Vaccine makers and vaccine manufacturers have been warned by a group of scientists that a recent report linking vaccines with cancer was misleading.
The report by the Institute of Medicine, which reviewed the work of researchers at the University of California, Los Angeles, found that some ingredients in the vaccine and some that are not contained in the final product are safe and do not pose a risk to people who have already been vaccinated.
The researchers also noted that the results were consistent with studies done in the past that suggested a protective effect of certain vaccines, including the DTaP and Gardasil vaccines.
The results also did not mean that all of the reported safety concerns were invalid, said the institute’s lead author, William Thompson, a professor of epidemiology at the Harvard School of Public Health.
“This is the first report that does not suggest that vaccines are causing cancer,” Thompson told reporters Thursday.
“But the results do suggest that it would be useful for vaccine makers to consider how the findings in the current study are related to prior studies.”
The institute’s report comes on the heels of a study released Thursday that found that a vaccine for the diphtheria-tetanus-pertussis (DTaP) vaccine that was administered in 2011 caused a doubling in cases of the coronavirus.
The vaccine has been the focus of a number of studies in recent years.
But the researchers who conducted the study say that the new data show that the vaccine did not cause an increase in cases.
The study was published in the peer-reviewed journal Science.
Vaccine safety The researchers reviewed the latest data from the Vaccine Safety Datalink, a database of studies of the safety of vaccines.
A recent analysis of the database found that, in the first six months after the first DTaM vaccine was distributed in the United States, the vaccine was linked to fewer deaths than if it had been administered as a four-dose schedule.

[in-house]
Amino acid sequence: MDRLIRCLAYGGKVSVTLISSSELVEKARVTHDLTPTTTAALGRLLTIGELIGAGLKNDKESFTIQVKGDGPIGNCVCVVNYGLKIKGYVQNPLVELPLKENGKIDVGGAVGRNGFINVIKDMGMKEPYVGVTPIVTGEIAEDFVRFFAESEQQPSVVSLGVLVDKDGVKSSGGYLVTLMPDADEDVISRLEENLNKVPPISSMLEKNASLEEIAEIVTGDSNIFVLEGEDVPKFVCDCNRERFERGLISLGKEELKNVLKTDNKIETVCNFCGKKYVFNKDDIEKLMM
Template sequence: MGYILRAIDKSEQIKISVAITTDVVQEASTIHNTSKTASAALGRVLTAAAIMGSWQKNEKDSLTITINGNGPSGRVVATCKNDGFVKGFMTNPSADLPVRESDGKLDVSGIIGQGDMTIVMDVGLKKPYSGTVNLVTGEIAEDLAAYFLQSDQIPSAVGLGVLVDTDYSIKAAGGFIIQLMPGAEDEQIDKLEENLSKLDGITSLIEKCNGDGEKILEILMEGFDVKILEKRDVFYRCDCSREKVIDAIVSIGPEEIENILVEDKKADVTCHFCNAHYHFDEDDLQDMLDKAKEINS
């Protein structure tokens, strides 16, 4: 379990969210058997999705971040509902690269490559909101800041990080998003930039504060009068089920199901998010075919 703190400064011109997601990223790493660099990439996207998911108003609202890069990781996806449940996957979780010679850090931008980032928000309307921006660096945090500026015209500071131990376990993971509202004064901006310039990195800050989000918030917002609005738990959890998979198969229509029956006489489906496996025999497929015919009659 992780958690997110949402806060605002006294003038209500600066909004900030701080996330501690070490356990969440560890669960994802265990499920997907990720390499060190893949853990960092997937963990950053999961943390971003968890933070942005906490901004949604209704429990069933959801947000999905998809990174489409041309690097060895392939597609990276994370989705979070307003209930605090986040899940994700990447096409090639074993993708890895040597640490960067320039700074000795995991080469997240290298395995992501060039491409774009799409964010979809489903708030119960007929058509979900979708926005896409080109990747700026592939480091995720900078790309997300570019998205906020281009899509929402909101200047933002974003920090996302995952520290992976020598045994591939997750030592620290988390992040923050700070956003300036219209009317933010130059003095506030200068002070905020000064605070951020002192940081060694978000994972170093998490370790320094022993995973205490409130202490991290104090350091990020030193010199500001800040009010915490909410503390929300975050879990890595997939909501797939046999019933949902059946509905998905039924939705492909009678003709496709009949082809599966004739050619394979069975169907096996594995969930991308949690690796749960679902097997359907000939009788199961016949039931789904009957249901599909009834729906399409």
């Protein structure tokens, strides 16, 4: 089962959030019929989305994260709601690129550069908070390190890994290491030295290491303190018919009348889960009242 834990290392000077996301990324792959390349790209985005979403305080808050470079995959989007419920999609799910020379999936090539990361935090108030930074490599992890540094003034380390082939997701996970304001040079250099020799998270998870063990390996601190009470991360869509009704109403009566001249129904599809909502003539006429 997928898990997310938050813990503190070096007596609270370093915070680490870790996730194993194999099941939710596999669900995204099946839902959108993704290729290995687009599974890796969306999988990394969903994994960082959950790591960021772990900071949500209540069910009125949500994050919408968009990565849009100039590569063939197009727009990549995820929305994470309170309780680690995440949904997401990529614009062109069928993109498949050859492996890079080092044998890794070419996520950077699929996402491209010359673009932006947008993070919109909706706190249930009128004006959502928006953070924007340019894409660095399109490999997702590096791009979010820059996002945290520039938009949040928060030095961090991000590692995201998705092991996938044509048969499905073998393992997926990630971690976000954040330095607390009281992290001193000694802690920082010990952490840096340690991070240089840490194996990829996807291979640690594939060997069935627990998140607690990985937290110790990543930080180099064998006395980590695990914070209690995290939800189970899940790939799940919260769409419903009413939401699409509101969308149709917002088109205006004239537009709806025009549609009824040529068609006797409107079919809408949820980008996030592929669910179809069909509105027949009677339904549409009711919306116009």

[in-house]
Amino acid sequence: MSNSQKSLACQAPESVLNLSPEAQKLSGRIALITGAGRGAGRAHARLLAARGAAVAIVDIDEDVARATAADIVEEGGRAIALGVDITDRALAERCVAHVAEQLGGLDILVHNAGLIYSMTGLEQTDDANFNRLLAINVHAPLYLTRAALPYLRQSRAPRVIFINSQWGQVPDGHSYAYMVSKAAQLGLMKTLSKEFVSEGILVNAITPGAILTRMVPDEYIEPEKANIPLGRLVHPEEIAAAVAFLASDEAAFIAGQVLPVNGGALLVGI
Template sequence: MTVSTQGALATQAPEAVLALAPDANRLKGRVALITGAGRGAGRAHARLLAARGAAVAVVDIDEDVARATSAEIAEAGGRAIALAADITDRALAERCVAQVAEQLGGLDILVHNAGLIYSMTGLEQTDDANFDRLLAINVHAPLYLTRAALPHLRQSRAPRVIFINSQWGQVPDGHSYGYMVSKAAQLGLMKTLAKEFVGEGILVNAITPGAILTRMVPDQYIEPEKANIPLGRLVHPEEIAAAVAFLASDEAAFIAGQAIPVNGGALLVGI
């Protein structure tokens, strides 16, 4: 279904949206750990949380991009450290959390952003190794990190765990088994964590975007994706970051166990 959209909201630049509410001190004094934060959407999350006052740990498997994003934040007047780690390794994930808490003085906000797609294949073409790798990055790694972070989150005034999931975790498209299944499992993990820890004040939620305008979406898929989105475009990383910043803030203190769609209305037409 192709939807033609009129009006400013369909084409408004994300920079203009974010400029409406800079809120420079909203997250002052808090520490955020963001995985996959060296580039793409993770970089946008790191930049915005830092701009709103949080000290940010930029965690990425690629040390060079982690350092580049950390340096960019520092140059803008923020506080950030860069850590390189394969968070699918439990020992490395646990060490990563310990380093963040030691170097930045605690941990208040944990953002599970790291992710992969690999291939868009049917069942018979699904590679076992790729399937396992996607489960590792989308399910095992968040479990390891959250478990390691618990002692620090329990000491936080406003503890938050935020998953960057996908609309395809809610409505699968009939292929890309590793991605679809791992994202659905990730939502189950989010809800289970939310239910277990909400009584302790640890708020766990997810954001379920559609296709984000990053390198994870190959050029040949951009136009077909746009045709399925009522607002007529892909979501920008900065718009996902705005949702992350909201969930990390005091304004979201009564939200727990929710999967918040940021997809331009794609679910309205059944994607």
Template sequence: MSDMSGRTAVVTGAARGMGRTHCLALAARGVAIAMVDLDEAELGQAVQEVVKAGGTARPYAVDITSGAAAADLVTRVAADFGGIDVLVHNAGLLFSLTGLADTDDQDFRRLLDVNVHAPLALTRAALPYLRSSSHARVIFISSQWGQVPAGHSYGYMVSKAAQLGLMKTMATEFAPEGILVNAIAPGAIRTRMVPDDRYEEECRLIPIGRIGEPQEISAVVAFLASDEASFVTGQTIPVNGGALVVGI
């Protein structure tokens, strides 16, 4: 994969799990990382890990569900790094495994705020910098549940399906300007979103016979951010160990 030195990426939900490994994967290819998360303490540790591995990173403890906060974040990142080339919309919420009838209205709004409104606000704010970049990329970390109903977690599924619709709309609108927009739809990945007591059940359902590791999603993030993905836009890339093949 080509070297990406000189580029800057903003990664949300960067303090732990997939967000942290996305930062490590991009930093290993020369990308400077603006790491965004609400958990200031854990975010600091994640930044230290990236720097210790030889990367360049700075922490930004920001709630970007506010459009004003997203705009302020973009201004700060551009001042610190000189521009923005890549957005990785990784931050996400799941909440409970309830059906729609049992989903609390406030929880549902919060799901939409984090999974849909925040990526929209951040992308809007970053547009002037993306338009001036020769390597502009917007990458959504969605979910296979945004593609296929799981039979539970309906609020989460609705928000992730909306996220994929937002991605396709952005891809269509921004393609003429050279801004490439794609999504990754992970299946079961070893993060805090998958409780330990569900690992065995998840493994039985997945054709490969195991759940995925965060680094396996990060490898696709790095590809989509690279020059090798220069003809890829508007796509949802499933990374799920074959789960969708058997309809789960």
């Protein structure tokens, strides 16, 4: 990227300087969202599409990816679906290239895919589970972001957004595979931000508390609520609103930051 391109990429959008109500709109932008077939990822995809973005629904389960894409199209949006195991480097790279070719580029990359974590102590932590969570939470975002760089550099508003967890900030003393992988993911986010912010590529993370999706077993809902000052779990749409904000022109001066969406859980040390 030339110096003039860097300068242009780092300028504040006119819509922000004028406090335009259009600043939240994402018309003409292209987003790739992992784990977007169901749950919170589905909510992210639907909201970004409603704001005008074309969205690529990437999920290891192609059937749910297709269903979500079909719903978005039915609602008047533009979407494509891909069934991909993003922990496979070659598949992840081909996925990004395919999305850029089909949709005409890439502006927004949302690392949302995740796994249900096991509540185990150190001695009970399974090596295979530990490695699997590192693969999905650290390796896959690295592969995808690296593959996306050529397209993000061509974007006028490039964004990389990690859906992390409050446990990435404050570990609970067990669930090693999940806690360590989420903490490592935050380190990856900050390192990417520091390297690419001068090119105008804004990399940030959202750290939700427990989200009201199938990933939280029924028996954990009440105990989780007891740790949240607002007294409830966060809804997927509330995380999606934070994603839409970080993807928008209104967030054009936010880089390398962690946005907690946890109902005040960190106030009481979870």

“There are significant risks associated with vaccination, including a possible increase in vaccine-induced immune responses and an increased risk of infection and death from the disease, and there are also significant risks of adverse effects, including increased morbidity and mortality,” the report said.
The institute also cited data that showed that the incidence of death from influenza-like illness rose after DTaMs were distributed in 2011 and after the vaccines were added to the schedule in 2014.
The group said that more research is needed before we can be confident that DTaPs have a vaccine-caused link to mortality.
But Dr. Michael Weiss, a clinical epidemiologist at Harvard Medical School who was not involved in the new research, said he was optimistic that the report would prompt a reassessment of the vaccine’s safety.
“I’m optimistic that this is the beginning of the end of the pandemic,” he said.
“The new evidence that we now have shows that there is a small but significant safety risk associated with the DTas, but we don’t know how much that risk is.”